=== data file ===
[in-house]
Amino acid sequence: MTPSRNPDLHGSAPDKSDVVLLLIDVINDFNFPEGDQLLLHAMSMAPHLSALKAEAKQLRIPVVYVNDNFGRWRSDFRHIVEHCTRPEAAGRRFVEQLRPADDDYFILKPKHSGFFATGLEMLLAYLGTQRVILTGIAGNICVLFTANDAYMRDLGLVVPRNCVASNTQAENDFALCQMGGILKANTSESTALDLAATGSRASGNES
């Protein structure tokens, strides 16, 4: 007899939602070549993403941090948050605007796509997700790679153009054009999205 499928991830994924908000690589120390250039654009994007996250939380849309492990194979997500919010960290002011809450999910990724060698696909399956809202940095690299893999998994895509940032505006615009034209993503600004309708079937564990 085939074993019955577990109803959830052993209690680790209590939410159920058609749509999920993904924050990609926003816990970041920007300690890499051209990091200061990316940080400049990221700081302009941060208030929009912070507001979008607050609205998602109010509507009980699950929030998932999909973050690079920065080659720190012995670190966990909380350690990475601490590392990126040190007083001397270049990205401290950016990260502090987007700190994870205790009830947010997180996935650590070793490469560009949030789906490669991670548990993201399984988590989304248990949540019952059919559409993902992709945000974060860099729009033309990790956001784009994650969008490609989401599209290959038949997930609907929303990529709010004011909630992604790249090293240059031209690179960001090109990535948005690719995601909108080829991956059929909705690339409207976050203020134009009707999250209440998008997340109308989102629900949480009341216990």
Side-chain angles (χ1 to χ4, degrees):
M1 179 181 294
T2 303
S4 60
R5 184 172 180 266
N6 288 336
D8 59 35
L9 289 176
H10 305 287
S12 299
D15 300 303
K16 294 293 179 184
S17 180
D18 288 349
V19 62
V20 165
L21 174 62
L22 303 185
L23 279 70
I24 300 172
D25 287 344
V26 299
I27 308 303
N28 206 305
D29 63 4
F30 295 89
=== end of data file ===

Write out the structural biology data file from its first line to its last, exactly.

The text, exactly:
[in-house]
Amino acid sequence: MTPSRNPDLHGSAPDKSDVVLLLIDVINDFNFPEGDQLLLHAMSMAPHLSALKAEAKQLRIPVVYVNDNFGRWRSDFRHIVEHCTRPEAAGRRFVEQLRPADDDYFILKPKHSGFFATGLEMLLAYLGTQRVILTGIAGNICVLFTANDAYMRDLGLVVPRNCVASNTQAENDFALCQMGGILKANTSESTALDLAATGSRASGNES
């Protein structure tokens, strides 16, 4: 007899939602070549993403941090948050605007796509997700790679153009054009999205 499928991830994924908000690589120390250039654009994007996250939380849309492990194979997500919010960290002011809450999910990724060698696909399956809202940095690299893999998994895509940032505006615009034209993503600004309708079937564990 085939074993019955577990109803959830052993209690680790209590939410159920058609749509999920993904924050990609926003816990970041920007300690890499051209990091200061990316940080400049990221700081302009941060208030929009912070507001979008607050609205998602109010509507009980699950929030998932999909973050690079920065080659720190012995670190966990909380350690990475601490590392990126040190007083001397270049990205401290950016990260502090987007700190994870205790009830947010997180996935650590070793490469560009949030789906490669991670548990993201399984988590989304248990949540019952059919559409993902992709945000974060860099729009033309990790956001784009994650969008490609989401599209290959038949997930609907929303990529709010004011909630992604790249090293240059031209690179960001090109990535948005690719995601909108080829991956059929909705690339409207976050203020134009009707999250209440998008997340109308989102629900949480009341216990």
Side-chain angles (χ1 to χ4, degrees):
M1 179 181 294
T2 303
S4 60
R5 184 172 180 266
N6 288 336
D8 59 35
L9 289 176
H10 305 287
S12 299
D15 300 303
K16 294 293 179 184
S17 180
D18 288 349
V19 62
V20 165
L21 174 62
L22 303 185
L23 279 70
I24 300 172
D25 287 344
V26 299
I27 308 303
N28 206 305
D29 63 4
F30 295 89